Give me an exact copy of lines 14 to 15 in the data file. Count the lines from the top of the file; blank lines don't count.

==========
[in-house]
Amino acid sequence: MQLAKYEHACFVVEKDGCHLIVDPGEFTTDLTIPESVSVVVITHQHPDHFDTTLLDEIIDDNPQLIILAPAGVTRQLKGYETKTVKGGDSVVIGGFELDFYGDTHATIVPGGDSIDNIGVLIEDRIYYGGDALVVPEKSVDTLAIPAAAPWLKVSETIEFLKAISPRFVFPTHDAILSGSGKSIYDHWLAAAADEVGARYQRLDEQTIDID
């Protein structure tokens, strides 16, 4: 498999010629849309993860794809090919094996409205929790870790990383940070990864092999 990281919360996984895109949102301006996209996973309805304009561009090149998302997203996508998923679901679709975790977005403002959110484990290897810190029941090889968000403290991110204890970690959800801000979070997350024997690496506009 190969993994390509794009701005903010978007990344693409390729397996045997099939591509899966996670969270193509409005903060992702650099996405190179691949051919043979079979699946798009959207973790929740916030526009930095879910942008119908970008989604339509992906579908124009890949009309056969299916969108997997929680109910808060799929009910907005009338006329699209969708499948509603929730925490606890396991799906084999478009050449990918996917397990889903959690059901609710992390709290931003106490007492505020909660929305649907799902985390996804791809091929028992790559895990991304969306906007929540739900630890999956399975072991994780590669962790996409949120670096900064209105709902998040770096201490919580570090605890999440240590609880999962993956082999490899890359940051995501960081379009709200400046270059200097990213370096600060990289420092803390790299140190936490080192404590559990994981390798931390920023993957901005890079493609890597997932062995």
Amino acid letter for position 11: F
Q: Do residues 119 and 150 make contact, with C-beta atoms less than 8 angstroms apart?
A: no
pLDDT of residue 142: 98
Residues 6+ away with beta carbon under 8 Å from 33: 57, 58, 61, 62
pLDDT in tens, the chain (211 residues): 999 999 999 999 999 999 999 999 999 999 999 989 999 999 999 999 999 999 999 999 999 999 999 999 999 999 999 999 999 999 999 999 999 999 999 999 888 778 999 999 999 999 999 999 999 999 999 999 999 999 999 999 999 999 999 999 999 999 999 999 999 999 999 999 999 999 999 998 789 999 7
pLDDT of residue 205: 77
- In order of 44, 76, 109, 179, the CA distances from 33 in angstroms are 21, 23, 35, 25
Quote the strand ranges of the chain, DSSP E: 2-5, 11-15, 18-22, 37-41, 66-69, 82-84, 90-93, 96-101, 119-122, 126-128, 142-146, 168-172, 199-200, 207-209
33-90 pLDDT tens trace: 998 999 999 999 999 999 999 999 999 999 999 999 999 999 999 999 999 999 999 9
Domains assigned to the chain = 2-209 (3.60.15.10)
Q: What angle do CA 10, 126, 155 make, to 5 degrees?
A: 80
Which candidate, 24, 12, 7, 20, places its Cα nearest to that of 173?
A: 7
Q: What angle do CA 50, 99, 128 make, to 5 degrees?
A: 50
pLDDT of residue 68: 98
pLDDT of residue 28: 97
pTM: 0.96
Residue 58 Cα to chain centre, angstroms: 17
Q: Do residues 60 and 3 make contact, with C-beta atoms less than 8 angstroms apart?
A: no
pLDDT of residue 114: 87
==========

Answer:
Domains assigned to the chain = 2-209 (3.60.15.10)
Q: What angle do CA 10, 126, 155 make, to 5 degrees?